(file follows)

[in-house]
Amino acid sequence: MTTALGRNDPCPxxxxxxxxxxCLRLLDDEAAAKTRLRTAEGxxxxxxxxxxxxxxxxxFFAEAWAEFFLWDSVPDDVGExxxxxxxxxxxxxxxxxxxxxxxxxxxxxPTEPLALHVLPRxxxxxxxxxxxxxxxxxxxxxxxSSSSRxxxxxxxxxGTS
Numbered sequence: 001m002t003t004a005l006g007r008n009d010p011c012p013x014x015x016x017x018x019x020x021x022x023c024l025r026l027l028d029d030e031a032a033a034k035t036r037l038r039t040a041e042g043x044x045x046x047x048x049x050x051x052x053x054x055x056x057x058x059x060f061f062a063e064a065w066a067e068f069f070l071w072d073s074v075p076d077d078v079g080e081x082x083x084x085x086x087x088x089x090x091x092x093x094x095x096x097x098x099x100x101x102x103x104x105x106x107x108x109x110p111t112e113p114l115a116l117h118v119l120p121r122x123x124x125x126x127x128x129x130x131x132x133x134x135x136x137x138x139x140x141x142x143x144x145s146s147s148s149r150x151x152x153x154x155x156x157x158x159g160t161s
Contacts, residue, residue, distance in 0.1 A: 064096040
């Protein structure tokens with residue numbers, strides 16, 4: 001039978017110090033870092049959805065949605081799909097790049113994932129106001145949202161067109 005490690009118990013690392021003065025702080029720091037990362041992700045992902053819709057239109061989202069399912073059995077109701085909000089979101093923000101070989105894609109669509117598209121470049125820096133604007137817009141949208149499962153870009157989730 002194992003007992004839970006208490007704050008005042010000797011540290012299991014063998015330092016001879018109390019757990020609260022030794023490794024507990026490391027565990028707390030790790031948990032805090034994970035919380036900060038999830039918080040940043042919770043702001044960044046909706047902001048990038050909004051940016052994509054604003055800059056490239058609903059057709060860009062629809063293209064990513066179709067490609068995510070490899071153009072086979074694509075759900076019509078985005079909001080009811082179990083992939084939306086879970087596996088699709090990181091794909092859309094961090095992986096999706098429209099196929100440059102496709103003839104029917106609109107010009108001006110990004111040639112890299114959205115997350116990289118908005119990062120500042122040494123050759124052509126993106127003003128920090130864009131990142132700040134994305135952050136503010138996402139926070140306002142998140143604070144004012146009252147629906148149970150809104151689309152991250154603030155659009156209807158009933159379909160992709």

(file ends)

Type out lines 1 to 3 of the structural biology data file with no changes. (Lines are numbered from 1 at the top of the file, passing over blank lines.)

[in-house]
Amino acid sequence: MTTALGRNDPCPxxxxxxxxxxCLRLLDDEAAAKTRLRTAEGxxxxxxxxxxxxxxxxxFFAEAWAEFFLWDSVPDDVGExxxxxxxxxxxxxxxxxxxxxxxxxxxxxPTEPLALHVLPRxxxxxxxxxxxxxxxxxxxxxxxSSSSRxxxxxxxxxGTS
Numbered sequence: 001m002t003t004a005l006g007r008n009d010p011c012p013x014x015x016x017x018x019x020x021x022x023c024l025r026l027l028d029d030e031a032a033a034k035t036r037l038r039t040a041e042g043x044x045x046x047x048x049x050x051x052x053x054x055x056x057x058x059x060f061f062a063e064a065w066a067e068f069f070l071w072d073s074v075p076d077d078v079g080e081x082x083x084x085x086x087x088x089x090x091x092x093x094x095x096x097x098x099x100x101x102x103x104x105x106x107x108x109x110p111t112e113p114l115a116l117h118v119l120p121r122x123x124x125x126x127x128x129x130x131x132x133x134x135x136x137x138x139x140x141x142x143x144x145s146s147s148s149r150x151x152x153x154x155x156x157x158x159g160t161s